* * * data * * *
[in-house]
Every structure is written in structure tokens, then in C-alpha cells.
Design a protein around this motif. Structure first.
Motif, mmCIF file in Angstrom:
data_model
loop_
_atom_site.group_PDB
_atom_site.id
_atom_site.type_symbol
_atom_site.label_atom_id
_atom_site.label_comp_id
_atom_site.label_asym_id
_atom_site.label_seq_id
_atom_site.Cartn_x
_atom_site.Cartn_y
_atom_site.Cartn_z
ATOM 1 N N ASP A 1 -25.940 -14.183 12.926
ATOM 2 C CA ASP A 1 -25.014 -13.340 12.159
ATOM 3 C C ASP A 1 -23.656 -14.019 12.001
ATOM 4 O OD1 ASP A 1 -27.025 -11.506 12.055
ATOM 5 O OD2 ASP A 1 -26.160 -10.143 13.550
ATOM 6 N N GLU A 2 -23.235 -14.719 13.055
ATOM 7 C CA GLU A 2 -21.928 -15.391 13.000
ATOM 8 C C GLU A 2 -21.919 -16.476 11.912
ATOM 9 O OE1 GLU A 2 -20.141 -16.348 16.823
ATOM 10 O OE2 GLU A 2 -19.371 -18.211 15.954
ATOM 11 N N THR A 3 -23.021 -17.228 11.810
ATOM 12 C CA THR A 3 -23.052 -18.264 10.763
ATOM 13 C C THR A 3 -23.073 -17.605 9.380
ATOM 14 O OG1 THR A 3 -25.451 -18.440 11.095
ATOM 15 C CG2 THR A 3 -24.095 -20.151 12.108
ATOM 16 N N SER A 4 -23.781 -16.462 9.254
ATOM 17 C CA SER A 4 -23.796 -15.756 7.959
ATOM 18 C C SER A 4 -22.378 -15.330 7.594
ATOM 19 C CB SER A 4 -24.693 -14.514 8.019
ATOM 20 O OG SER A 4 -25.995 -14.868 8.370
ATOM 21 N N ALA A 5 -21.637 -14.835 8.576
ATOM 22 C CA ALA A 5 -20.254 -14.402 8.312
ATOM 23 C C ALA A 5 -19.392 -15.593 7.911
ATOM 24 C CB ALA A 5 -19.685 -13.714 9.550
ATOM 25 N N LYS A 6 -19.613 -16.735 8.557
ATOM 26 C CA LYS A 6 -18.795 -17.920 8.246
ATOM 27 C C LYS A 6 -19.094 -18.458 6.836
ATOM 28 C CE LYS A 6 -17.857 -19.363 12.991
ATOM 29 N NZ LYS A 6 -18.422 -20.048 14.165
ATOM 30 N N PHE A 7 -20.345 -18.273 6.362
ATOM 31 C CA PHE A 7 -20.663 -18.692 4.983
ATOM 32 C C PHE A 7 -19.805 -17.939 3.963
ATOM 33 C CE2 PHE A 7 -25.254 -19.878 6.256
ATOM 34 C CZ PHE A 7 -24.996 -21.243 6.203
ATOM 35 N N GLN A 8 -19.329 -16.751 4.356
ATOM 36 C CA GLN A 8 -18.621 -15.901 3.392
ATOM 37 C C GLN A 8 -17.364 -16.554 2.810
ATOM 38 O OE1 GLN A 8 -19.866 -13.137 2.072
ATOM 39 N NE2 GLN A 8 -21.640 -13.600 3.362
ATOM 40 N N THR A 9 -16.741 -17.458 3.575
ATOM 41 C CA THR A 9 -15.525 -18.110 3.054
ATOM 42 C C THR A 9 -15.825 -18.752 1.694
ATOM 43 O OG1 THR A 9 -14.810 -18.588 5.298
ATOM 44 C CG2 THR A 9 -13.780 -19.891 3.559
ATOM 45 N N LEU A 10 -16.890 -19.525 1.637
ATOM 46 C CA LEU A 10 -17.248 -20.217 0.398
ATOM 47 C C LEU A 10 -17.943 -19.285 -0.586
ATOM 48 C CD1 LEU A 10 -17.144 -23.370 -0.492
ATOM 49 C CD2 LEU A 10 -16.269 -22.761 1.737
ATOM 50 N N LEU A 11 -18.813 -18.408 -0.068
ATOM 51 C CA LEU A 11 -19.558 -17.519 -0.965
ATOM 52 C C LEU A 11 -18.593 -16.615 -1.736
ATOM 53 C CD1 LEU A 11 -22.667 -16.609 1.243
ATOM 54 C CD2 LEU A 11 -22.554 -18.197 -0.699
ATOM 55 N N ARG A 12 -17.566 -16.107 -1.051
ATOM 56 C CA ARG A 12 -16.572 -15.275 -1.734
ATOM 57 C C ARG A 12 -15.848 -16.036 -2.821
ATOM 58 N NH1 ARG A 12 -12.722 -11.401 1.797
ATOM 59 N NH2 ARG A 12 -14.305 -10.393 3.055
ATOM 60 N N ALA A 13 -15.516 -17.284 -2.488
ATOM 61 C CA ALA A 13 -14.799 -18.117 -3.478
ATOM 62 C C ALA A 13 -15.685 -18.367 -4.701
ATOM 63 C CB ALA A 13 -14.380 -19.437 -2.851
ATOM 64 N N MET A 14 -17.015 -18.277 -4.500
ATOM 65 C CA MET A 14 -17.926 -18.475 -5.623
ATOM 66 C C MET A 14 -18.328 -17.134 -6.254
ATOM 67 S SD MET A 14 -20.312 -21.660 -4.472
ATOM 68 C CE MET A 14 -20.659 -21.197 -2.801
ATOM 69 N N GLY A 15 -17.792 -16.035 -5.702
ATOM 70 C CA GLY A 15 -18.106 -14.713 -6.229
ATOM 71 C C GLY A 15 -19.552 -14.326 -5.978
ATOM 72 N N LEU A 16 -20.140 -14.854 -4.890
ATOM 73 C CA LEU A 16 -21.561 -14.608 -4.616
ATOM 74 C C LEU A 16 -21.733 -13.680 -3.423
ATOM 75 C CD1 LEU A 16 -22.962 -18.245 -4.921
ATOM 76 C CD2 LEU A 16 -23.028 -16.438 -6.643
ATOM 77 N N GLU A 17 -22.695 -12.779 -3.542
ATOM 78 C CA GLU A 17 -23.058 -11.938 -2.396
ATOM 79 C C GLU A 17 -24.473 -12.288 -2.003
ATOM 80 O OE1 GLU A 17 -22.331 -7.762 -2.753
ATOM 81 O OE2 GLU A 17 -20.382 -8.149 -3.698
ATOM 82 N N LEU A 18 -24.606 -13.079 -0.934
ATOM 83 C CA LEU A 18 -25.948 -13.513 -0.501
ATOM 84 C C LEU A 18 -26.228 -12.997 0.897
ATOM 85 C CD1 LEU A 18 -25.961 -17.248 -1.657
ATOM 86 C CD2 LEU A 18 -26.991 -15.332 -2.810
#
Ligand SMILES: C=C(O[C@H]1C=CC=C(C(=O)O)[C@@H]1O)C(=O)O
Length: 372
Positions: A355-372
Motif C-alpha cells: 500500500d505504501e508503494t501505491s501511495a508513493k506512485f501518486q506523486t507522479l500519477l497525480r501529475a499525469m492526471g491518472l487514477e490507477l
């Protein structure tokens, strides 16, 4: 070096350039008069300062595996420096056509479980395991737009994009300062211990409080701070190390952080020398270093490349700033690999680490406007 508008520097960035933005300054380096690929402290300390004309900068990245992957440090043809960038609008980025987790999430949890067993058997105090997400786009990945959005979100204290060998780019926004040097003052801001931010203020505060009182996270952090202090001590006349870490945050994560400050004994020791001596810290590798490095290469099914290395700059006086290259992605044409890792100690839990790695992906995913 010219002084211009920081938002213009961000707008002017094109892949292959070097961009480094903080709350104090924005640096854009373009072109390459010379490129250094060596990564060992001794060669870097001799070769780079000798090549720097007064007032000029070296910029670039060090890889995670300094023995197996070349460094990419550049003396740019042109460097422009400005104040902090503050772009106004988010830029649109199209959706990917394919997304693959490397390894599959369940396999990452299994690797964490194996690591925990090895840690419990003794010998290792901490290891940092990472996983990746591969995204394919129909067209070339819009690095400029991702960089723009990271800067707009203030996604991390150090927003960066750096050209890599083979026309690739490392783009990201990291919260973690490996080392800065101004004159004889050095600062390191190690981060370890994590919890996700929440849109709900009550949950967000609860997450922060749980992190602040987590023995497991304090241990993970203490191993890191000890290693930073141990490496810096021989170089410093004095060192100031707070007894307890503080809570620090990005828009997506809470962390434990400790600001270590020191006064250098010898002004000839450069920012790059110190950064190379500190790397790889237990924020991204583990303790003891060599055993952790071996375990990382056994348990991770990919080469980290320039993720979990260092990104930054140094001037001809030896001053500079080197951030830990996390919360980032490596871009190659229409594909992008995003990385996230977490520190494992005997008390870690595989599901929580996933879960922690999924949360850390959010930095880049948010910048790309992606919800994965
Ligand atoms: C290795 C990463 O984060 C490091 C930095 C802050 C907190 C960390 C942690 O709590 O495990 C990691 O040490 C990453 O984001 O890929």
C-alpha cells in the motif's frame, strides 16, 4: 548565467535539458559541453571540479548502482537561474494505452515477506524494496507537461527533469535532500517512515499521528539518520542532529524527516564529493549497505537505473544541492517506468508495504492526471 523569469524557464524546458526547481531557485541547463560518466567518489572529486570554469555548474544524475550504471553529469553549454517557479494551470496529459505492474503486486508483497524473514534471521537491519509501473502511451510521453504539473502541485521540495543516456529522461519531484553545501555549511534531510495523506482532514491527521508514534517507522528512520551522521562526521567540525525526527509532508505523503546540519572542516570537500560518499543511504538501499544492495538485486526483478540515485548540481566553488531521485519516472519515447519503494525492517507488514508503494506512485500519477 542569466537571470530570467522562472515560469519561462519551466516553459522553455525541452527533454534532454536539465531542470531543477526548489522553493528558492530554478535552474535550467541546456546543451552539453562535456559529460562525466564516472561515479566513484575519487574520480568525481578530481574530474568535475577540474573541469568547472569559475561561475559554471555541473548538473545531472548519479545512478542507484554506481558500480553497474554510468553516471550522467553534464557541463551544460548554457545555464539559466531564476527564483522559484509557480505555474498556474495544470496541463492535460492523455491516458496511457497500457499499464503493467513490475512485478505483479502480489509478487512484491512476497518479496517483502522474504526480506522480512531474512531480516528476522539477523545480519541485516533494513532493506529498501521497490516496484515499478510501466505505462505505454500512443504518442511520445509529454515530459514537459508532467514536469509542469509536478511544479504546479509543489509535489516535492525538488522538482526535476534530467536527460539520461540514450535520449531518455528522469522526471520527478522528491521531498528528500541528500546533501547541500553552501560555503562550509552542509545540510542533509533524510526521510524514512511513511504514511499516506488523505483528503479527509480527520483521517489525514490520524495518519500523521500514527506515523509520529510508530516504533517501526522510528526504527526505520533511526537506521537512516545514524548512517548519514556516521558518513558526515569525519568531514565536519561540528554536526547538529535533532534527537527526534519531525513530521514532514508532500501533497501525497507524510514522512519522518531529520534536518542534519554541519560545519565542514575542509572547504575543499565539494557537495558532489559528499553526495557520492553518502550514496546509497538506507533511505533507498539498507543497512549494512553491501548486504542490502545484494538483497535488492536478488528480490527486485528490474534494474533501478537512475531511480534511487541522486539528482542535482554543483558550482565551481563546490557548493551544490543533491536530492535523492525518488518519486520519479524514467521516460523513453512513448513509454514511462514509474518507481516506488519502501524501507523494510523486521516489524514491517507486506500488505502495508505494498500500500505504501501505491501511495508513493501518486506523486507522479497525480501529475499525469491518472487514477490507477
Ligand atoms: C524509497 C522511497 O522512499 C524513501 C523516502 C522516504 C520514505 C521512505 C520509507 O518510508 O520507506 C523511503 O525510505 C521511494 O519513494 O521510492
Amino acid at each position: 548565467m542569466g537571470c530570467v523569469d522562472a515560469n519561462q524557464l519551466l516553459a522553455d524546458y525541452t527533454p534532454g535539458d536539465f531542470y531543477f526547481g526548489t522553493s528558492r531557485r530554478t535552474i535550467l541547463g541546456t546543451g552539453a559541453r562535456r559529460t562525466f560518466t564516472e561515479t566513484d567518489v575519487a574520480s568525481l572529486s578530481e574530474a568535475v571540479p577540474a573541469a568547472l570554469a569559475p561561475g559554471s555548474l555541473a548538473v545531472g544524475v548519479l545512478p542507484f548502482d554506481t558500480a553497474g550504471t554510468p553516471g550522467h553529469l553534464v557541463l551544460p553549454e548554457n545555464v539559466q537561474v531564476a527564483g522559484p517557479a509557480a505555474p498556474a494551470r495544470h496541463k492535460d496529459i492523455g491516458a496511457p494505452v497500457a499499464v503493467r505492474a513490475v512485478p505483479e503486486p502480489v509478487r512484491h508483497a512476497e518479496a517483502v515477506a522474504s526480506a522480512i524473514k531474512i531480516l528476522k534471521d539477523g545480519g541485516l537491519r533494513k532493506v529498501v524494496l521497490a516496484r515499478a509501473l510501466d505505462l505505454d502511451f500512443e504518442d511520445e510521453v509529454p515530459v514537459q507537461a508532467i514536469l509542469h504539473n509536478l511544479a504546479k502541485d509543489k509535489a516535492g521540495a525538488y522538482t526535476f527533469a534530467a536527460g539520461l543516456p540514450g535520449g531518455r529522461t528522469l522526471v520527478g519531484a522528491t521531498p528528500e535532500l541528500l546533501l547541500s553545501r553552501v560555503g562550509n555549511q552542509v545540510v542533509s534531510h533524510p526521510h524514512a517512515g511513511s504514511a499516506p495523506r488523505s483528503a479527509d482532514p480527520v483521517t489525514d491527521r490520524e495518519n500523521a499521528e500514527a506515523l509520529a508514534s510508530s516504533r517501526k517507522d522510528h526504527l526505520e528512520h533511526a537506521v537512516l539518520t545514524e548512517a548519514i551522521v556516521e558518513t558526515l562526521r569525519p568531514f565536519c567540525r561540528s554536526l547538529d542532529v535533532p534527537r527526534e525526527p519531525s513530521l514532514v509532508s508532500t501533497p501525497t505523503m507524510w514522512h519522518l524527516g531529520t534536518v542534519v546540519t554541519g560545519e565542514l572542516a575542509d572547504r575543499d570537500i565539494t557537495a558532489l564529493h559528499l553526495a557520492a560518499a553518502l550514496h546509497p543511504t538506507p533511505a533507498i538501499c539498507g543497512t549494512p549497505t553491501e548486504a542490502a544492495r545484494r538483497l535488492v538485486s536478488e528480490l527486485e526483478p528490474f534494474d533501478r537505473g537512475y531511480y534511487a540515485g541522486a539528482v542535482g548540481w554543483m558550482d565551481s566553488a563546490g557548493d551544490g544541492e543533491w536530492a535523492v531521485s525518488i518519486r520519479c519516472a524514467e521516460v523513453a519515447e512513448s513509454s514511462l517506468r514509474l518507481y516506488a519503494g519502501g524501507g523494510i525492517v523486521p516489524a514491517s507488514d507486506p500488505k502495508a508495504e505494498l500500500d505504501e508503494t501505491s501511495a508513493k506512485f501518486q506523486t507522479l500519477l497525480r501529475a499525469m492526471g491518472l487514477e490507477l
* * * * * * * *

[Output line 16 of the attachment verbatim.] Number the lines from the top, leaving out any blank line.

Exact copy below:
_atom_site.Cartn_z